Here are some especially ecofriendly tire stories that focus on ways to make those black tires "green":
It seems that Yokohama Rubber Company is quite active in green technology R&D, not just in improving the environmental impact of using its tires, but also in how these products are built. Its Environmentally Conscious Designs initiative seeks to help combat global warming through increased resource recycling, reduced energy consumption in manufacturing, while still improving products safety and comfort. On top of that, Yokohama gets kudos for its ongoing green efforts, including its announcement that the company plans to plant 500,00 trees at 18 of its facilities over the next 10 years. Yokohama has also launched an online green social network, Eco Treadsetters, that offers daily green news and forums.
Additionally, in 2009, Yokohama Tire Corporation will introduce a motorsports first: the series-wide use of environmentally-friendly orange-oil-infused race tires "The orange oil technology is extremely exciting for our race program; reducing petroleum inputs by approximately 10 percent and increasing recyclability while maintaining the high-performance levels of previous race slick compounds," said Mark Chung, director, corporate strategy and planning.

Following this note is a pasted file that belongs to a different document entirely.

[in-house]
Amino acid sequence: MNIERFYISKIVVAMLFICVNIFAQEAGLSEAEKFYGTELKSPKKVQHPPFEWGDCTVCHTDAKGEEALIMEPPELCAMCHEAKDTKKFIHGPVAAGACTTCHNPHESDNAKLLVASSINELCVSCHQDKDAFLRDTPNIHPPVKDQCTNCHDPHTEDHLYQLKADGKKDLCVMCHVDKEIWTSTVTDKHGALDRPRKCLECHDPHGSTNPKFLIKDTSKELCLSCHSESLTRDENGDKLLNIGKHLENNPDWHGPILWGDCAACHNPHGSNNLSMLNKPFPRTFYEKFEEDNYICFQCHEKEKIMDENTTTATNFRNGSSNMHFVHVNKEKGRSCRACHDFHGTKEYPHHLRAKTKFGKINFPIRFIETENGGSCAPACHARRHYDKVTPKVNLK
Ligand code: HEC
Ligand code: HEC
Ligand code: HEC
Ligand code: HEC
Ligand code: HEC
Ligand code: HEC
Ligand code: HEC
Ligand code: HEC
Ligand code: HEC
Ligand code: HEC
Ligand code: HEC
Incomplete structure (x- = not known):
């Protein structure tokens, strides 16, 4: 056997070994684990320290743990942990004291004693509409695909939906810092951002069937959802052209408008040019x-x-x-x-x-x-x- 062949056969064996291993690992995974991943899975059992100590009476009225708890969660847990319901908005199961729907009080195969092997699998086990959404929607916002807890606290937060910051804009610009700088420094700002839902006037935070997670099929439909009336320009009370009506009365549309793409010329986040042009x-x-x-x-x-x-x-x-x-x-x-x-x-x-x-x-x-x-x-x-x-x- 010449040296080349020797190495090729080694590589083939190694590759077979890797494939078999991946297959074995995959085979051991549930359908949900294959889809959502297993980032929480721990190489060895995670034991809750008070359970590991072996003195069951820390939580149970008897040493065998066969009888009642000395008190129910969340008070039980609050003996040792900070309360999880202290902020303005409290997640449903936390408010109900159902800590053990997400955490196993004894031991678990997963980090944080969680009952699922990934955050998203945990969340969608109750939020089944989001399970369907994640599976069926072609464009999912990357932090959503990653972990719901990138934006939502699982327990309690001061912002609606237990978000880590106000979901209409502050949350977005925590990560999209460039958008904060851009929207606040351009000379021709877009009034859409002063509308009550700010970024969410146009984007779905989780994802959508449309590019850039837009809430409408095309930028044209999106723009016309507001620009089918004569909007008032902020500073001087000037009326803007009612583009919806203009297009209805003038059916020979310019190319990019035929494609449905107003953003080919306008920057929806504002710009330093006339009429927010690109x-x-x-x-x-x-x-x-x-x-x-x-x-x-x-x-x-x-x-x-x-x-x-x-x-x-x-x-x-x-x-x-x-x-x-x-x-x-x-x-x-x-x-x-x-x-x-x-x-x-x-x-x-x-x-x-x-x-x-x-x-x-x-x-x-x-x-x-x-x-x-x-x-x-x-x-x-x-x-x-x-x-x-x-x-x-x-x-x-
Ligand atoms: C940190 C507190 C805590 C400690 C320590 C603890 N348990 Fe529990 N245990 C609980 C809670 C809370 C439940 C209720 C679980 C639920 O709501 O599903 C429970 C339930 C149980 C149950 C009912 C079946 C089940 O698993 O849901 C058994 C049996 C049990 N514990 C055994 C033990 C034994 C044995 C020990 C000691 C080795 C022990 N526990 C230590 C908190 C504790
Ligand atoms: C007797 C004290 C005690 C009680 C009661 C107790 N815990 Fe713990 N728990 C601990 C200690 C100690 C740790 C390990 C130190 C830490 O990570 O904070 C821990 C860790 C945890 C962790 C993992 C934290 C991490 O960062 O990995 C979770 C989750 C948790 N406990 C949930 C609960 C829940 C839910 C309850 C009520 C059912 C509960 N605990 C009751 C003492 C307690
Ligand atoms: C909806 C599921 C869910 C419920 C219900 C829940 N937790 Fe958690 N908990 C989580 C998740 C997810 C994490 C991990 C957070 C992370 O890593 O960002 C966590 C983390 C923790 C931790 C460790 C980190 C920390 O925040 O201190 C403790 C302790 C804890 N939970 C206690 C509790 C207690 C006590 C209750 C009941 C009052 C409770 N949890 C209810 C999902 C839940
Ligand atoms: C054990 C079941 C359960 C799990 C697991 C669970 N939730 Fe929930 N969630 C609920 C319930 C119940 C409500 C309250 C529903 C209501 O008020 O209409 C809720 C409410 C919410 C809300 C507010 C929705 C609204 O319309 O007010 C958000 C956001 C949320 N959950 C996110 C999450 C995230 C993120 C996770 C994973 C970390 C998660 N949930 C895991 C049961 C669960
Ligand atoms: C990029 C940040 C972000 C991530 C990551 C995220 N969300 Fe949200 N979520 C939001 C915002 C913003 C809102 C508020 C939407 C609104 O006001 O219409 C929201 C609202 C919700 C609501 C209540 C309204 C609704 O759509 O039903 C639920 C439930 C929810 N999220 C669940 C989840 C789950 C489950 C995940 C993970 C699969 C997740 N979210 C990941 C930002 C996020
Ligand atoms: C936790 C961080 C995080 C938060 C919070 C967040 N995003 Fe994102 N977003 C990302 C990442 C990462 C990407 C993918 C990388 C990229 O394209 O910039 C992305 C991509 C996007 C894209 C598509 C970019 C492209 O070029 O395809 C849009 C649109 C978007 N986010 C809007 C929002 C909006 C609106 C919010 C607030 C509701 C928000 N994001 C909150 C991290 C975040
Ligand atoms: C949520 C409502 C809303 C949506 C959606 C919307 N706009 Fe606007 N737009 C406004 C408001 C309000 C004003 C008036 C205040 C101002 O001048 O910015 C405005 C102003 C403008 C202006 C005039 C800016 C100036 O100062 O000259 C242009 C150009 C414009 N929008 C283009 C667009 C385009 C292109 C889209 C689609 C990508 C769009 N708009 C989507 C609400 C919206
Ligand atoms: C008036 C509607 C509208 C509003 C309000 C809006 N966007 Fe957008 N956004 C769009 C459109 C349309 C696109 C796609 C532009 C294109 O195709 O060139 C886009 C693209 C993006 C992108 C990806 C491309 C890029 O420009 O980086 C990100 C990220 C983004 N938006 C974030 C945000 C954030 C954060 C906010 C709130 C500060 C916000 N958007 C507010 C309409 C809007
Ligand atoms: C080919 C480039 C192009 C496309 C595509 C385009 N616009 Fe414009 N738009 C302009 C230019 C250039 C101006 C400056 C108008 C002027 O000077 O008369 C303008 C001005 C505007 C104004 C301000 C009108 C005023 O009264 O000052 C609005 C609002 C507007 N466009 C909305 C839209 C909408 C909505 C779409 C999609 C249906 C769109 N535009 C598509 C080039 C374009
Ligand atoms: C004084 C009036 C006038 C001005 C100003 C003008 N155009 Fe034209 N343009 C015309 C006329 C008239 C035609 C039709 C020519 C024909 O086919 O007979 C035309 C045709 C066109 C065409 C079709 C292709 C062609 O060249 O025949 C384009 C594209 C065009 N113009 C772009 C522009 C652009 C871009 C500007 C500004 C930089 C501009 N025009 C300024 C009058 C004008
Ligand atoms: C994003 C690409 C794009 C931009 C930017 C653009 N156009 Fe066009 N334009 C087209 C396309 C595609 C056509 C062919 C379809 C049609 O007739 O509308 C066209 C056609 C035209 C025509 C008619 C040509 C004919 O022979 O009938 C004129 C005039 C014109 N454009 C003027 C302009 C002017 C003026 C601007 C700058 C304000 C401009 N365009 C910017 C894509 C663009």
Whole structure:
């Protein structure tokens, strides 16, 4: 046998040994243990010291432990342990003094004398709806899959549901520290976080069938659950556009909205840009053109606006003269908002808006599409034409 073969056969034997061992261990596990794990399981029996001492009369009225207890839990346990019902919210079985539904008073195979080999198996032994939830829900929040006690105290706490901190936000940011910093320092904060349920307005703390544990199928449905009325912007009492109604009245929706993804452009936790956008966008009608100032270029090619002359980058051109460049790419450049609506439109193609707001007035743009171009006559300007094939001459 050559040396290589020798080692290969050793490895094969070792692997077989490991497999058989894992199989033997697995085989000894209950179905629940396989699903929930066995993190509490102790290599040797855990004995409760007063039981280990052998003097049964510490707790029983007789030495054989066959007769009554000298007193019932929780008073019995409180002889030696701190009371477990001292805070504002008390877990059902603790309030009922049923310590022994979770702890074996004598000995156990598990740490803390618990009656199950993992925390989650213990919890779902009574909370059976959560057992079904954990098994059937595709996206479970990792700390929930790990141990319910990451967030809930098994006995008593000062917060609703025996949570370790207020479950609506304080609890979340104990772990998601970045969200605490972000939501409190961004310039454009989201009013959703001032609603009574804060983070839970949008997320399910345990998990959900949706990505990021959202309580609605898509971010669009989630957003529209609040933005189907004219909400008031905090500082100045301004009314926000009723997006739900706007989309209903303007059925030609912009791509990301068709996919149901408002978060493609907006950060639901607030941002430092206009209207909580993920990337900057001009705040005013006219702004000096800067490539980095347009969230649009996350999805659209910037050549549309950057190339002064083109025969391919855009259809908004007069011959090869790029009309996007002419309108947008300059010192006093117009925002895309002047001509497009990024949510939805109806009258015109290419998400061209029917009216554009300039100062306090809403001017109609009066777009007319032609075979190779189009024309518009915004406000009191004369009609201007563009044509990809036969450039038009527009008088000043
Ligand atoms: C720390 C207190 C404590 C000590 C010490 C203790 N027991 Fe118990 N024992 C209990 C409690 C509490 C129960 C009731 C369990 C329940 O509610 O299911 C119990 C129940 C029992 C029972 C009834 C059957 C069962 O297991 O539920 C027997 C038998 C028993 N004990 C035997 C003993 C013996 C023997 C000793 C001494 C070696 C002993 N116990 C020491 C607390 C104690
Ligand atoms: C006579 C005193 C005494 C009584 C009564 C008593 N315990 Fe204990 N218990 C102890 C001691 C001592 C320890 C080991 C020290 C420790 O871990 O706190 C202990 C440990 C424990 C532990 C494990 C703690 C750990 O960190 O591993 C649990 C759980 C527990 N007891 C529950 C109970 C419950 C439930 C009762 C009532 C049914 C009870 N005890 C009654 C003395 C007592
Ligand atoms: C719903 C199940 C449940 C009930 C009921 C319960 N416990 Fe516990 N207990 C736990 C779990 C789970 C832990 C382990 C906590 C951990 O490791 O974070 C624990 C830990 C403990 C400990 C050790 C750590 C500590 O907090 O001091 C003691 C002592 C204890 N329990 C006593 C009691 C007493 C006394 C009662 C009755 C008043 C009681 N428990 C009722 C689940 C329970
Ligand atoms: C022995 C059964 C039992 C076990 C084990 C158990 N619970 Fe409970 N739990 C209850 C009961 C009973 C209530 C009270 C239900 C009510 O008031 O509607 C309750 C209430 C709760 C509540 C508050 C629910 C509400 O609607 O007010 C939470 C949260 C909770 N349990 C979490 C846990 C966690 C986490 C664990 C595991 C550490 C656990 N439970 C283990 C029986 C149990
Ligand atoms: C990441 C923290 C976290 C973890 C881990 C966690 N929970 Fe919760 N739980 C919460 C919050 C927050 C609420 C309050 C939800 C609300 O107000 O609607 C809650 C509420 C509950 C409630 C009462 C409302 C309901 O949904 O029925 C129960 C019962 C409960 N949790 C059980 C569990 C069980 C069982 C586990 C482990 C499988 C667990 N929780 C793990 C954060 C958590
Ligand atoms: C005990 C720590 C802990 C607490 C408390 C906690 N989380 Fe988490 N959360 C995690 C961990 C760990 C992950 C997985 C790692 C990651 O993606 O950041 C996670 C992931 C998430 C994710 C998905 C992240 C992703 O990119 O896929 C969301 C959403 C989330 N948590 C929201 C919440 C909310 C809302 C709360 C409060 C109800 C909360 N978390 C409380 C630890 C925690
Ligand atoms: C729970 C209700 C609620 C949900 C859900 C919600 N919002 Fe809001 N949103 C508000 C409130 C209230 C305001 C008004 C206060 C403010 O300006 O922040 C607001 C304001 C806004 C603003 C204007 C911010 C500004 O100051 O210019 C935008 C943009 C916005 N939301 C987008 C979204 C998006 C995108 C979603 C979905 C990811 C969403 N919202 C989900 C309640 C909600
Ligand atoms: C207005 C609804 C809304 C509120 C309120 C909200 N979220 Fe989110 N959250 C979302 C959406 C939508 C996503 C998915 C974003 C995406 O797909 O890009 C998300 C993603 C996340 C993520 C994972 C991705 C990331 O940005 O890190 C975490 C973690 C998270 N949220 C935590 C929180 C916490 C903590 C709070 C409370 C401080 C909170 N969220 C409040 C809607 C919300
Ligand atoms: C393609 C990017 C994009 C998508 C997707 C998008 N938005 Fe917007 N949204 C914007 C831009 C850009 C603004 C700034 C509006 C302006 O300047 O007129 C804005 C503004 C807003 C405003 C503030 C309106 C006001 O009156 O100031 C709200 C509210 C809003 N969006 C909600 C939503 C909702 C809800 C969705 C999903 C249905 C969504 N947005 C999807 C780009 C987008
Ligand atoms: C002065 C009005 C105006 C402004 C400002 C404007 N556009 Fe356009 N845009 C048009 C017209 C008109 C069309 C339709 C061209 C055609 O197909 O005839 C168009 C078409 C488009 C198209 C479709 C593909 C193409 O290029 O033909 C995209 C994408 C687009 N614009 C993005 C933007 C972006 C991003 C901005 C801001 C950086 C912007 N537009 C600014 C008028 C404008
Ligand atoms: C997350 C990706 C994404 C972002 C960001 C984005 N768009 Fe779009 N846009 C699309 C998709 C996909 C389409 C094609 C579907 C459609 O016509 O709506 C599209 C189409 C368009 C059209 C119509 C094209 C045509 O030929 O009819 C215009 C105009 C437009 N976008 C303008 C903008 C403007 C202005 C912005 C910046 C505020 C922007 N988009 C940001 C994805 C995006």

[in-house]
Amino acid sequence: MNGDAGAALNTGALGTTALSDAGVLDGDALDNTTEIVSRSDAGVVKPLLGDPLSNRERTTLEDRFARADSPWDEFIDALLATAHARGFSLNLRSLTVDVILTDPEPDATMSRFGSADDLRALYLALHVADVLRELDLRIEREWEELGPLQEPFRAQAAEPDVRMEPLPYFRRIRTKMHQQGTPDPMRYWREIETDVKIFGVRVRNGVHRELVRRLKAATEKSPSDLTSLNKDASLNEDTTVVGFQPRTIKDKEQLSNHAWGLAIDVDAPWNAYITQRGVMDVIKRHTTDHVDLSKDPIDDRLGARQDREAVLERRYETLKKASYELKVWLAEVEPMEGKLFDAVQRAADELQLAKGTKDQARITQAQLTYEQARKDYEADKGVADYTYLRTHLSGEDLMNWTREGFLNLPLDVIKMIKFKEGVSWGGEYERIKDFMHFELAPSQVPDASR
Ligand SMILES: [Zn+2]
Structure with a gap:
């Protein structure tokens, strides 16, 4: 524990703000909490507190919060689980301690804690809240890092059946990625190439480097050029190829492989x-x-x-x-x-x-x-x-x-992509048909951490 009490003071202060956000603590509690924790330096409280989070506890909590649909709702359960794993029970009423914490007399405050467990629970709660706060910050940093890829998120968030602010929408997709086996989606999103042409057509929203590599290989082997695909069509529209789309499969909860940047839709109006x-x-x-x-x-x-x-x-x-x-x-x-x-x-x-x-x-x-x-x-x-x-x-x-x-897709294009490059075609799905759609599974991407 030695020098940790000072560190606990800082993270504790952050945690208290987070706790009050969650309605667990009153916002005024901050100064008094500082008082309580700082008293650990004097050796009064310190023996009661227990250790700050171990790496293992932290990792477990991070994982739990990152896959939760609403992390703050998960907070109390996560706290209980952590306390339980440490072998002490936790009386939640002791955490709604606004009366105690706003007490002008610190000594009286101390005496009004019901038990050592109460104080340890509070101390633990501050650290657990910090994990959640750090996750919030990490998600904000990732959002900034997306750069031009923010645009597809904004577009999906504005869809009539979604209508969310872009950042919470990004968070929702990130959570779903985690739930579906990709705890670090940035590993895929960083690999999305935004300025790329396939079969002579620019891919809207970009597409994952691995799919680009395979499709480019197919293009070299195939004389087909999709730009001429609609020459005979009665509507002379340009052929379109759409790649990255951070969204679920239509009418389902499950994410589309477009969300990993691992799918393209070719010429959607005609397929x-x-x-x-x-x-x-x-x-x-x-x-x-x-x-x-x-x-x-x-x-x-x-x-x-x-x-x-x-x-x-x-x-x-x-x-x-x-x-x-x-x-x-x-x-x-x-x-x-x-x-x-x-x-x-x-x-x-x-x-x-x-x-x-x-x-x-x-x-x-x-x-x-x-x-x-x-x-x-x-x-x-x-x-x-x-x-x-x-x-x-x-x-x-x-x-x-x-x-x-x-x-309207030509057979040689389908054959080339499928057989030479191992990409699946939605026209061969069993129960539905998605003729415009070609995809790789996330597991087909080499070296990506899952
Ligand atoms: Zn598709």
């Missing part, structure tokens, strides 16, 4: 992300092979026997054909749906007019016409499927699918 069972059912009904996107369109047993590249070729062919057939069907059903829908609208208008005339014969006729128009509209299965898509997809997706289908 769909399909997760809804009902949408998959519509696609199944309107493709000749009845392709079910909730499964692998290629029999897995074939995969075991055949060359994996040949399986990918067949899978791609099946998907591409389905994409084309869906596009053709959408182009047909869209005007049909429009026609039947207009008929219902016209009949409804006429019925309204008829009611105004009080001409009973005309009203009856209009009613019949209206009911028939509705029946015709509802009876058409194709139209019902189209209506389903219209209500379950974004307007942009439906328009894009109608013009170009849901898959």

Dow Corning is researching the use of silicon to create more energy-efficient "green" tires. In the 1990s, tire engineers discovered that if they used silane-treated silica instead of carbon black as a reinforcing filler in tread compounds, tire rolling resistance was reduced. The tires also gripped better on slippery roads. Studies have shown that silica-reinforced "green" tires can reduce tire rolling resistance by up to 20 percent, which can reduce vehicle fuel requirements by as much as 5 percent. Additionally, Dow Corning claims these silica-reinforced tires are more resilient than traditional tires, giving them better traction on wet and icy surfaces and reduced stopping distances by as much as 15 percent.
Modern Tire Dealer has an article on the benefits of low-rolling resistance tires, identifying them as the green tire trend of choice, and highlights three manufacturers whose tires help save fuel because they roll more freely than previous tires.